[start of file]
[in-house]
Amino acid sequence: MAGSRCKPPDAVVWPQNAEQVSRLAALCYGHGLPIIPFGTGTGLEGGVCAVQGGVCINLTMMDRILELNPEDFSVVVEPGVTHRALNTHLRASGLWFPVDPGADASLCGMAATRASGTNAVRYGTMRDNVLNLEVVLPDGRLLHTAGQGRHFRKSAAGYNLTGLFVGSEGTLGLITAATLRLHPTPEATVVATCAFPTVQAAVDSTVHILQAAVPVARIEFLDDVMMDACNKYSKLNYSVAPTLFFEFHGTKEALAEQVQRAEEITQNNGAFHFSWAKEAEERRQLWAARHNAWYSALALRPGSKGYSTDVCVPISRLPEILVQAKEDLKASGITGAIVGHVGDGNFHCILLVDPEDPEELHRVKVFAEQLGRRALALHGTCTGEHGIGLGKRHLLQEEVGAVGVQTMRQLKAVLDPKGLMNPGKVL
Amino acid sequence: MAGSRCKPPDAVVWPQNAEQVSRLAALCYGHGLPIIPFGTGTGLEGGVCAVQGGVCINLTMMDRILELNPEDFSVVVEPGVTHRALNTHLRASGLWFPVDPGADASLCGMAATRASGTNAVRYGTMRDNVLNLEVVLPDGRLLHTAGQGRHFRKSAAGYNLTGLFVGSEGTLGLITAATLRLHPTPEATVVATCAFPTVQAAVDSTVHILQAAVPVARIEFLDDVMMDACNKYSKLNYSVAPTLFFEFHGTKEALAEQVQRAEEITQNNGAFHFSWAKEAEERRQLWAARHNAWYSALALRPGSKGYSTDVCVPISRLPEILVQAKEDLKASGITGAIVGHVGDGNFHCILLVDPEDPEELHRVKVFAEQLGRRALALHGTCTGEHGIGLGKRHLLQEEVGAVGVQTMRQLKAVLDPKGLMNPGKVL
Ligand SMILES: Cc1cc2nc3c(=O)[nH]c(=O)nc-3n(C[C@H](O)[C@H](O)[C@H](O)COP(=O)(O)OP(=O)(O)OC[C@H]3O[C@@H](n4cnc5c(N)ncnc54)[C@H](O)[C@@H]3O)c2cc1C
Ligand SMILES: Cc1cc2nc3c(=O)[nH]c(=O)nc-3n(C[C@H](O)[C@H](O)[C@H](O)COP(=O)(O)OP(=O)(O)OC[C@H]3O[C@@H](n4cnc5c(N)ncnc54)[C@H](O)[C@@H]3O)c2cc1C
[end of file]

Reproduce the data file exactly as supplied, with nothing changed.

[in-house]
Amino acid sequence: MAGSRCKPPDAVVWPQNAEQVSRLAALCYGHGLPIIPFGTGTGLEGGVCAVQGGVCINLTMMDRILELNPEDFSVVVEPGVTHRALNTHLRASGLWFPVDPGADASLCGMAATRASGTNAVRYGTMRDNVLNLEVVLPDGRLLHTAGQGRHFRKSAAGYNLTGLFVGSEGTLGLITAATLRLHPTPEATVVATCAFPTVQAAVDSTVHILQAAVPVARIEFLDDVMMDACNKYSKLNYSVAPTLFFEFHGTKEALAEQVQRAEEITQNNGAFHFSWAKEAEERRQLWAARHNAWYSALALRPGSKGYSTDVCVPISRLPEILVQAKEDLKASGITGAIVGHVGDGNFHCILLVDPEDPEELHRVKVFAEQLGRRALALHGTCTGEHGIGLGKRHLLQEEVGAVGVQTMRQLKAVLDPKGLMNPGKVL
Amino acid sequence: MAGSRCKPPDAVVWPQNAEQVSRLAALCYGHGLPIIPFGTGTGLEGGVCAVQGGVCINLTMMDRILELNPEDFSVVVEPGVTHRALNTHLRASGLWFPVDPGADASLCGMAATRASGTNAVRYGTMRDNVLNLEVVLPDGRLLHTAGQGRHFRKSAAGYNLTGLFVGSEGTLGLITAATLRLHPTPEATVVATCAFPTVQAAVDSTVHILQAAVPVARIEFLDDVMMDACNKYSKLNYSVAPTLFFEFHGTKEALAEQVQRAEEITQNNGAFHFSWAKEAEERRQLWAARHNAWYSALALRPGSKGYSTDVCVPISRLPEILVQAKEDLKASGITGAIVGHVGDGNFHCILLVDPEDPEELHRVKVFAEQLGRRALALHGTCTGEHGIGLGKRHLLQEEVGAVGVQTMRQLKAVLDPKGLMNPGKVL
Ligand SMILES: Cc1cc2nc3c(=O)[nH]c(=O)nc-3n(C[C@H](O)[C@H](O)[C@H](O)COP(=O)(O)OP(=O)(O)OC[C@H]3O[C@@H](n4cnc5c(N)ncnc54)[C@H](O)[C@@H]3O)c2cc1C
Ligand SMILES: Cc1cc2nc3c(=O)[nH]c(=O)nc-3n(C[C@H](O)[C@H](O)[C@H](O)COP(=O)(O)OP(=O)(O)OC[C@H]3O[C@@H](n4cnc5c(N)ncnc54)[C@H](O)[C@@H]3O)c2cc1C